No amount of lead in drinking water is safe for people with kidney disease, a new study warns. This new discovery is something that should be even more alarming to African Americans whose high rates of diabetes, high blood pressure and heart disease give them an increased risk of developing kidney failure. Black people are three times more likely to develop kidney cancer and makeup 35 percent of patients in the U.S. receiving dialysis even though African Americans only account for 13.2 percent of the overall population, according to the National Kidney Foundation.
Low levels of lead in drinking water are widespread in the United States. These findings suggest that U.S. Environmental Protection Agency (EPA) rules on allowable lead levels in drinking water pose a risk to the 30 million to 40 million Americans with kidney disease.
“While drinking water may seem uniformly healthy, low levels of lead contamination found in the majority of drinking water systems in the United States may have toxic effects for those with chronic kidney disease,” lead author Dr. John Danziger, of Beth Israel Deaconess Medical Center in Boston says.
“More rigorous efforts to improve the water system infrastructure may be needed to protect individuals from [this] unrecognized hazard,” Danziger adds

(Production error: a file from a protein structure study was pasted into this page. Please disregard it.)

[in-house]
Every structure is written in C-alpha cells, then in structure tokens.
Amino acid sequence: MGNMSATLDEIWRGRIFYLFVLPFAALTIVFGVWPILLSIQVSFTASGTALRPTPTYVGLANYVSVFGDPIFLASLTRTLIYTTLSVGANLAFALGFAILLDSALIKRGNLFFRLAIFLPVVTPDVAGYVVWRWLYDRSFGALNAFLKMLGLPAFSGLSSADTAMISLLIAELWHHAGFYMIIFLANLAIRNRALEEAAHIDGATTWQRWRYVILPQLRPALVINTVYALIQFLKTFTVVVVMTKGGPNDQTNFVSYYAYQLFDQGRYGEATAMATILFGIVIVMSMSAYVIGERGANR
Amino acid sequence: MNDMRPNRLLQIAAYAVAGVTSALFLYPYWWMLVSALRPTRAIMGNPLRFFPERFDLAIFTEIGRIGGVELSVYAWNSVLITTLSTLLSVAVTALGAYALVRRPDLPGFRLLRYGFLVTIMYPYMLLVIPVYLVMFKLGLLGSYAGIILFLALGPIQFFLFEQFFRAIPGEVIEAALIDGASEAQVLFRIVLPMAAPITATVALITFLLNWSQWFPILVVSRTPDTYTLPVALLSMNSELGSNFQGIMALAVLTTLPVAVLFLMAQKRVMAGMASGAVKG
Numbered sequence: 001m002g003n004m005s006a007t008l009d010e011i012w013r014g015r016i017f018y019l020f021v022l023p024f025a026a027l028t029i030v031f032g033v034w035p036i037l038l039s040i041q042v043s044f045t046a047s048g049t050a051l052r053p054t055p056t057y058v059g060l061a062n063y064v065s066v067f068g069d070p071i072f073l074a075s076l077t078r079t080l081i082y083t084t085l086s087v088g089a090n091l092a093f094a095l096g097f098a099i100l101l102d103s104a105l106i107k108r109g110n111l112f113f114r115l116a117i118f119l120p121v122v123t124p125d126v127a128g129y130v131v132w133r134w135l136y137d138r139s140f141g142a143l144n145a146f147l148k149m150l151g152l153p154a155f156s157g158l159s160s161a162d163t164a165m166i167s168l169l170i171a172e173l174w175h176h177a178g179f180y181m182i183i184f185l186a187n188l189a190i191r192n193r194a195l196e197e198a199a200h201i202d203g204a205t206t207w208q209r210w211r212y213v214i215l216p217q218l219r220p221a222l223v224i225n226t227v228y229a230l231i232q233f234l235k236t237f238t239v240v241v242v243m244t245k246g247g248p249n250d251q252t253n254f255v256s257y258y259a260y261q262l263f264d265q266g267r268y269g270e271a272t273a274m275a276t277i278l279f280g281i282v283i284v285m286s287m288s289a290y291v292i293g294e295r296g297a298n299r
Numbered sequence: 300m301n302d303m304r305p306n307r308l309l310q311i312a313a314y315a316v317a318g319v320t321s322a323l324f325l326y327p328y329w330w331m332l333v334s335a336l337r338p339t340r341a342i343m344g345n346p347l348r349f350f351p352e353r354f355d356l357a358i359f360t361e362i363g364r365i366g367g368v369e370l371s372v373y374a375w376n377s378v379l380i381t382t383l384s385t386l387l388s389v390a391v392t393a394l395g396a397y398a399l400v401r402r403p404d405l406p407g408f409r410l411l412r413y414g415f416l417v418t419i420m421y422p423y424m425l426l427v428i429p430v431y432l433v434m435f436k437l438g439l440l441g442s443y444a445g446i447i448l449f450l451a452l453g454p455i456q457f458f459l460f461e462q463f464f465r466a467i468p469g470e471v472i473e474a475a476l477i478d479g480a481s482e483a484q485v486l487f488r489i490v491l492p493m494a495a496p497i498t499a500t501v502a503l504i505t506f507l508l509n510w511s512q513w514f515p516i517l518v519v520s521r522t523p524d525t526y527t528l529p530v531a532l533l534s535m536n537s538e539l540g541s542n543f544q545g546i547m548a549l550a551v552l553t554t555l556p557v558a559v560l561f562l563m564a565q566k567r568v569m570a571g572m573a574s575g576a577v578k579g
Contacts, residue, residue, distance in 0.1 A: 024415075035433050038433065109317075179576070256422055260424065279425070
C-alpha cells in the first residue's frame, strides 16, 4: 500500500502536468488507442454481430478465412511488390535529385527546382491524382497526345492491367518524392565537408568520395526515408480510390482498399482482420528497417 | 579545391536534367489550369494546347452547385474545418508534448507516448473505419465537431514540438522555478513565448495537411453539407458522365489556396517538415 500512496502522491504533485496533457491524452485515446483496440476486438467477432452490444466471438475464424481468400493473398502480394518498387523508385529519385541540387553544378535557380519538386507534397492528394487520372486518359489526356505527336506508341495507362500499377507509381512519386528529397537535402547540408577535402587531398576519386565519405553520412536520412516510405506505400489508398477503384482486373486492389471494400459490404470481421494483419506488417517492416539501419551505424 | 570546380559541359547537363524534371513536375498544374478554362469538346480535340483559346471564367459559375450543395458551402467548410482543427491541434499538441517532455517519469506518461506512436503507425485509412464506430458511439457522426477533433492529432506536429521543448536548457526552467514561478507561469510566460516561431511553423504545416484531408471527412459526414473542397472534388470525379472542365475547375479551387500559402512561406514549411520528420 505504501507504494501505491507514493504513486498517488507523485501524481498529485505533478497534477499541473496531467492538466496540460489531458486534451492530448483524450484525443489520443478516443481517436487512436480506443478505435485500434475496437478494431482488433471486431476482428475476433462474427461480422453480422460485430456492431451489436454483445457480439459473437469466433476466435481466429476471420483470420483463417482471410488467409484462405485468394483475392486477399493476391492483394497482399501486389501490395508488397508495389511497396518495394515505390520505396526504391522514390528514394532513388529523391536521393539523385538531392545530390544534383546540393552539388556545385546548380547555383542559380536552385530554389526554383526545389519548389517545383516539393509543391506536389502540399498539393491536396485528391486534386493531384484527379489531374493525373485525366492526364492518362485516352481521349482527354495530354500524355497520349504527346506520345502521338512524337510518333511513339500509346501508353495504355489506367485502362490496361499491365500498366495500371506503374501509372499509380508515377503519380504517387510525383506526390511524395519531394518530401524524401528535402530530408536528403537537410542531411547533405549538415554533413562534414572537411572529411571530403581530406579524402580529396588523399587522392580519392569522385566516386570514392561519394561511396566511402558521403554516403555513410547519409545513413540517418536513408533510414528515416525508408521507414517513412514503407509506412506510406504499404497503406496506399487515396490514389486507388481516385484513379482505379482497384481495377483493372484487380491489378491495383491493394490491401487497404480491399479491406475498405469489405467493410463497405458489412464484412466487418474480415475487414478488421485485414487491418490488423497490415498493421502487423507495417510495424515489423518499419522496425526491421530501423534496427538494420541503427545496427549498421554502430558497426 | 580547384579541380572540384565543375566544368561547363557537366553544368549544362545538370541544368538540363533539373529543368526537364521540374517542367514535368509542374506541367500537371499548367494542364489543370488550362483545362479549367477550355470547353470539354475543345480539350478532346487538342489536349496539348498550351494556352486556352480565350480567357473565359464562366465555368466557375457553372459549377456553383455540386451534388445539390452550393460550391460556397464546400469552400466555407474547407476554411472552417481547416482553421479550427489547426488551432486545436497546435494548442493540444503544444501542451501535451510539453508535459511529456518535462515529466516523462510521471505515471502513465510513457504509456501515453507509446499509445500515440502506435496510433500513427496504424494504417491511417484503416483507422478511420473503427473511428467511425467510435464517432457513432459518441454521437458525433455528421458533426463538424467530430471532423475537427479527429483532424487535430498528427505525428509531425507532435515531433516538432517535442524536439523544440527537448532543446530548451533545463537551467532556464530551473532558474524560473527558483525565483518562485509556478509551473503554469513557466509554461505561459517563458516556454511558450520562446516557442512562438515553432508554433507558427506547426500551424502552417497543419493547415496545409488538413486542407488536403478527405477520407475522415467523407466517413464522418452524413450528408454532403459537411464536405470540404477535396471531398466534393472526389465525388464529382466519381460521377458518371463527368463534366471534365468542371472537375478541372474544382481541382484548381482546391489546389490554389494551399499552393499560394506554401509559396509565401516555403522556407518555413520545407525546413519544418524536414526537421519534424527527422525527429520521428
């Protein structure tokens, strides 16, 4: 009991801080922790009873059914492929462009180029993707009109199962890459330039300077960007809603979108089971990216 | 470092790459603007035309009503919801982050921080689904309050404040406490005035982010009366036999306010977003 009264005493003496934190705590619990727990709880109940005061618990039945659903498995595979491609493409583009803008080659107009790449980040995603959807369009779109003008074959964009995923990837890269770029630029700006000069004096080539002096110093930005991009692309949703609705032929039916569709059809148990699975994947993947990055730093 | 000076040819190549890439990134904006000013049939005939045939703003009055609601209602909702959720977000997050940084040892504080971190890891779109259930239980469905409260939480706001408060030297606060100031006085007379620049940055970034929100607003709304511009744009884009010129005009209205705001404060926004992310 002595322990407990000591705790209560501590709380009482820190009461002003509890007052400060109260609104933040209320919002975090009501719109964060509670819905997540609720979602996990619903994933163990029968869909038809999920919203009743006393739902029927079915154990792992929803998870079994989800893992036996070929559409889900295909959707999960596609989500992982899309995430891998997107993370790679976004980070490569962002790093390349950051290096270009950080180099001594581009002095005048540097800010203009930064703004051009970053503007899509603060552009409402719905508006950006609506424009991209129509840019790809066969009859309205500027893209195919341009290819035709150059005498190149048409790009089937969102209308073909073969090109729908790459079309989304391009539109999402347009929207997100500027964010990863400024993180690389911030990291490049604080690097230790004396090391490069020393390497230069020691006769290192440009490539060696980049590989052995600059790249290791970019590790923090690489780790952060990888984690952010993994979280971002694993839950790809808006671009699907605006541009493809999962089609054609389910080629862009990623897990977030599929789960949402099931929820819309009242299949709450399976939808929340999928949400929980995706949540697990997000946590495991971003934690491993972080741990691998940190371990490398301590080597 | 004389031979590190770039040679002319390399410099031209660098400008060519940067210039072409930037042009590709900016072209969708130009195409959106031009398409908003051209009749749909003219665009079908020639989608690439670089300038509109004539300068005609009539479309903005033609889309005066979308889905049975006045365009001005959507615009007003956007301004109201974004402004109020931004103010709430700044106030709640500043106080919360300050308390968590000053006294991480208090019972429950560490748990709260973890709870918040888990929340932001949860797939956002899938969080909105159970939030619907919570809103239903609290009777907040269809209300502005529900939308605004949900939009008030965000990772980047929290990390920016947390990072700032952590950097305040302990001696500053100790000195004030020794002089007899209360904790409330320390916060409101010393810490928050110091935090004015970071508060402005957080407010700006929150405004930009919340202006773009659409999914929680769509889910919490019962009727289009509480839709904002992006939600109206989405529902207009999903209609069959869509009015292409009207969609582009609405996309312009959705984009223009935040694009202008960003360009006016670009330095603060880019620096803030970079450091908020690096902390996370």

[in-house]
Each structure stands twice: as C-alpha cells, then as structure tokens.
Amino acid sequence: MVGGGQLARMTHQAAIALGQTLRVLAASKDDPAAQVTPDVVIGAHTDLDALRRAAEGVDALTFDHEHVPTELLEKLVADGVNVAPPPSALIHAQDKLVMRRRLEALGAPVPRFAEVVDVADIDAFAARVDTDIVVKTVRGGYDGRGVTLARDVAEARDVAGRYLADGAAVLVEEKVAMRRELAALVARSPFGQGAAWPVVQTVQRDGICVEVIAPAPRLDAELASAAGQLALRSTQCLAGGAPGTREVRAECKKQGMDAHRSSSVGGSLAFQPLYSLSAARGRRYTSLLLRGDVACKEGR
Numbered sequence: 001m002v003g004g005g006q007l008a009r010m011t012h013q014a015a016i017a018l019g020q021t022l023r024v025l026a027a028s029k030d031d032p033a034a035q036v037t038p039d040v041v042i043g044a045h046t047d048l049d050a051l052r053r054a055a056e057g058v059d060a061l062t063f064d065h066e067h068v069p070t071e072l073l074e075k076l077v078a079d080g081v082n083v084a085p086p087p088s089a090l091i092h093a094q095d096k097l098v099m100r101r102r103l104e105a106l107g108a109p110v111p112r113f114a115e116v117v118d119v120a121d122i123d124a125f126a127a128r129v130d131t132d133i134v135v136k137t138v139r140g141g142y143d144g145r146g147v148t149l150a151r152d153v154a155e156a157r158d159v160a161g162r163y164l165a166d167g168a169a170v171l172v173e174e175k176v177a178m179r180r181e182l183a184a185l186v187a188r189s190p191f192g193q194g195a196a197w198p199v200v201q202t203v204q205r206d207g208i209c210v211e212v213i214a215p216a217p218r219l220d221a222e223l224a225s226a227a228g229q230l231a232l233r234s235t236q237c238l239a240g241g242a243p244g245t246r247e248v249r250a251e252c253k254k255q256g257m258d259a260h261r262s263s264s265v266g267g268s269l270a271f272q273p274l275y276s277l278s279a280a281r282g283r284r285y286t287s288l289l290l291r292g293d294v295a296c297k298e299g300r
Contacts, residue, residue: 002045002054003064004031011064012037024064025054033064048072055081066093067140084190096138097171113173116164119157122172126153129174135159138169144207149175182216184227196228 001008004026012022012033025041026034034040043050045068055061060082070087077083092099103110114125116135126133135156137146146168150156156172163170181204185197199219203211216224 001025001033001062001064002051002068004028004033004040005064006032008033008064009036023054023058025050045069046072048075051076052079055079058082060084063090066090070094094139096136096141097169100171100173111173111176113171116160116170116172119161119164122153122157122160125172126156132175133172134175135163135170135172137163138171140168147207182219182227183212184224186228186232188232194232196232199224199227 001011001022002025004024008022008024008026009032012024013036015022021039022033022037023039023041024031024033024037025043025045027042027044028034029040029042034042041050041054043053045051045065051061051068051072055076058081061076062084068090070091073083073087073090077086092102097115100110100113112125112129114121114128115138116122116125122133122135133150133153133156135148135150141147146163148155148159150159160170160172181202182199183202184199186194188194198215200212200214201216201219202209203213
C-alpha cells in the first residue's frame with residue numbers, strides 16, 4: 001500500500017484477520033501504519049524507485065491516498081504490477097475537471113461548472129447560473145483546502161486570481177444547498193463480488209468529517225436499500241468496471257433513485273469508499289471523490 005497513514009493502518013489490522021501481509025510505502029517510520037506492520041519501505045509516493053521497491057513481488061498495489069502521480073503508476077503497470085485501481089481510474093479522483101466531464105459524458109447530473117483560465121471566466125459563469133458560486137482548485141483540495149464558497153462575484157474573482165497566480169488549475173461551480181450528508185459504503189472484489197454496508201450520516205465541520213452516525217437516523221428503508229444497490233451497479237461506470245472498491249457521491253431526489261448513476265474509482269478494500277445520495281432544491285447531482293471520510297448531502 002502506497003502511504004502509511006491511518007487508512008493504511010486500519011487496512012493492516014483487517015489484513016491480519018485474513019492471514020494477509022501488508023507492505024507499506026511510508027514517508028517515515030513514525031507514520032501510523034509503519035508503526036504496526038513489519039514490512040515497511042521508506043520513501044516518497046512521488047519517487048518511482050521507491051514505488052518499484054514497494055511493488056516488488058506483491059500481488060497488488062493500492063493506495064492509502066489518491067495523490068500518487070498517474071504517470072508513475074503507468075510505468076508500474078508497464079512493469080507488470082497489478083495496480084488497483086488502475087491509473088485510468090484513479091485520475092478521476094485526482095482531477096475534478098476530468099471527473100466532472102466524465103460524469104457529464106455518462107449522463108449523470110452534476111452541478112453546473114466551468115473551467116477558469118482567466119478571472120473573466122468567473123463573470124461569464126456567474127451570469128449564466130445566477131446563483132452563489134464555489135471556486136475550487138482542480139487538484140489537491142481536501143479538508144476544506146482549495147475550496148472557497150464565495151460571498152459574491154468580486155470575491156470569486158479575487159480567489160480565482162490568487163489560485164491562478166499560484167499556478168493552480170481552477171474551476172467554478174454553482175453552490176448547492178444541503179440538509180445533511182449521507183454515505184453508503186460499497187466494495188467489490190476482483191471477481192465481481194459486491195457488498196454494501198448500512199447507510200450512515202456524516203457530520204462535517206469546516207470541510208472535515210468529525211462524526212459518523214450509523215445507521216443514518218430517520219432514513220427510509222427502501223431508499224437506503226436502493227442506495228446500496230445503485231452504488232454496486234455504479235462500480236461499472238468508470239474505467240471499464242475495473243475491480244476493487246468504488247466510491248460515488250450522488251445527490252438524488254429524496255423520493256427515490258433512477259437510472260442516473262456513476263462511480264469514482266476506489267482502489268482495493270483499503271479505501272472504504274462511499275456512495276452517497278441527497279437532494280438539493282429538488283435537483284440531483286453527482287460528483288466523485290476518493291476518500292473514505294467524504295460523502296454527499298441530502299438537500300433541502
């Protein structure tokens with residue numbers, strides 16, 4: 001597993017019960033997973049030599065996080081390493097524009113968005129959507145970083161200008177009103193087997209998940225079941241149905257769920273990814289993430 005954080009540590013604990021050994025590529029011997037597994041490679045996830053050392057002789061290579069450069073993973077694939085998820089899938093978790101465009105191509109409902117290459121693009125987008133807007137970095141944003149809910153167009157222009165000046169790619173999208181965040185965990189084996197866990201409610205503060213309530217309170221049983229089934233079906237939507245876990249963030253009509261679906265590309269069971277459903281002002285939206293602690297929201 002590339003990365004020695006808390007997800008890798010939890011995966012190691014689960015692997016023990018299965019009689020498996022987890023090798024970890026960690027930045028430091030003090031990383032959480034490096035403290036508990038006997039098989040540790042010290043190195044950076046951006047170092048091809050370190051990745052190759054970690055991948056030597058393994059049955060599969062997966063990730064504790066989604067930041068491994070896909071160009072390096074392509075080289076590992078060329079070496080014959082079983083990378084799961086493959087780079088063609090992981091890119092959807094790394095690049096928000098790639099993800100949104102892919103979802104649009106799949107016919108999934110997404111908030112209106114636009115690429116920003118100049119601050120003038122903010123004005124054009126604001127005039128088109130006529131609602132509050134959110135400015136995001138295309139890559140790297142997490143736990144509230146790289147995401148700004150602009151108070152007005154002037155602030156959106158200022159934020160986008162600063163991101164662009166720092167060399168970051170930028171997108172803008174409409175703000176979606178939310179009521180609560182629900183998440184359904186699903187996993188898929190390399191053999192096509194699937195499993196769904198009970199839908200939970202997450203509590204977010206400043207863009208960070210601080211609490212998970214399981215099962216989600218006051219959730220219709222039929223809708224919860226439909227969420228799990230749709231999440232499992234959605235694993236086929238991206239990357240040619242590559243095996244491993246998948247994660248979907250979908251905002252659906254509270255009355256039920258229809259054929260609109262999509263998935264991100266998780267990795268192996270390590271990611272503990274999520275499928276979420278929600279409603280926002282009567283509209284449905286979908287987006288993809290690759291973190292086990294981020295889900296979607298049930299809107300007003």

The study authors analyzed health data from nearly 600,000 people in the United States who began kidney dialysis between 2005 and 2017. They also examined EPA data on lead concentrations in community water systems in the five years before the patients started dialysis.
The researchers focused on the potential effects of lead on levels of hemoglobin, the oxygen-carrying protein in red blood cells that are affected by lead poisoning.
Patients in cities with detectable levels of lead in their community’s water had significantly lower hemoglobin concentrations before starting dialysis and during the first month of dialysis. They also received higher doses of medications to treat anemia, which occurs when red blood cell counts or hemoglobin levels are lower than normal.
These associations occurred at lead levels below the EPA’s lead/drinking water threshold for regulatory action, according to the study.
The study also found that Black patients were exposed to higher lead levels in drinking water than white patients.”Combined with the increased susceptibility to kidney disease among Blacks, this represents an important environmental injustice,” Danziger says.
Avoiding Water With Lead
If you live in a city that has water with high levels of lead, try these tips to reduce your risk of developing kidney disease: